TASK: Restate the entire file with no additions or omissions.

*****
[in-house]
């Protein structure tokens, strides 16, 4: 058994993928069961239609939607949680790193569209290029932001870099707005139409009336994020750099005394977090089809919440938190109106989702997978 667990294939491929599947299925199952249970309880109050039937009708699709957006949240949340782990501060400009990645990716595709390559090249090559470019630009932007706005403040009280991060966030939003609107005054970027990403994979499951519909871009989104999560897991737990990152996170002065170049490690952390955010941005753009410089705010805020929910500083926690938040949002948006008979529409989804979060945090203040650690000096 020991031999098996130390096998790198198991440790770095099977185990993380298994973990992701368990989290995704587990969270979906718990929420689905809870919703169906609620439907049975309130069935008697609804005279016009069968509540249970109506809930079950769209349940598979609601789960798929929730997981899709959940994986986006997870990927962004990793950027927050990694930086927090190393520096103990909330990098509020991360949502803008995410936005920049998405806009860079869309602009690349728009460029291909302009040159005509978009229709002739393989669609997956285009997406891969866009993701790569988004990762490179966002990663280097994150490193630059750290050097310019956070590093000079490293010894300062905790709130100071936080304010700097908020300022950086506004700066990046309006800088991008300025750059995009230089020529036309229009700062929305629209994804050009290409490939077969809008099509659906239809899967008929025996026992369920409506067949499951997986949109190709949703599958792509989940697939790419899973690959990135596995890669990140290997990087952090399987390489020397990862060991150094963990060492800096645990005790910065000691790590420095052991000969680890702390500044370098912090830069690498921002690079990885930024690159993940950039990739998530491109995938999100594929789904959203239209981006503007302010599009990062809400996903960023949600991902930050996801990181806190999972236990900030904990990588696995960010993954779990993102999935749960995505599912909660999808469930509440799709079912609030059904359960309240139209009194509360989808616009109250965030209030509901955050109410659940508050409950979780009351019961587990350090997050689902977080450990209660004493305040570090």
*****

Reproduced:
[in-house]
């Protein structure tokens, strides 16, 4: 058994993928069961239609939607949680790193569209290029932001870099707005139409009336994020750099005394977090089809919440938190109106989702997978 667990294939491929599947299925199952249970309880109050039937009708699709957006949240949340782990501060400009990645990716595709390559090249090559470019630009932007706005403040009280991060966030939003609107005054970027990403994979499951519909871009989104999560897991737990990152996170002065170049490690952390955010941005753009410089705010805020929910500083926690938040949002948006008979529409989804979060945090203040650690000096 020991031999098996130390096998790198198991440790770095099977185990993380298994973990992701368990989290995704587990969270979906718990929420689905809870919703169906609620439907049975309130069935008697609804005279016009069968509540249970109506809930079950769209349940598979609601789960798929929730997981899709959940994986986006997870990927962004990793950027927050990694930086927090190393520096103990909330990098509020991360949502803008995410936005920049998405806009860079869309602009690349728009460029291909302009040159005509978009229709002739393989669609997956285009997406891969866009993701790569988004990762490179966002990663280097994150490193630059750290050097310019956070590093000079490293010894300062905790709130100071936080304010700097908020300022950086506004700066990046309006800088991008300025750059995009230089020529036309229009700062929305629209994804050009290409490939077969809008099509659906239809899967008929025996026992369920409506067949499951997986949109190709949703599958792509989940697939790419899973690959990135596995890669990140290997990087952090399987390489020397990862060991150094963990060492800096645990005790910065000691790590420095052991000969680890702390500044370098912090830069690498921002690079990885930024690159993940950039990739998530491109995938999100594929789904959203239209981006503007302010599009990062809400996903960023949600991902930050996801990181806190999972236990900030904990990588696995960010993954779990993102999935749960995505599912909660999808469930509440799709079912609030059904359960309240139209009194509360989808616009109250965030209030509901955050109410659940508050409950979780009351019961587990350090997050689902977080450990209660004493305040570090």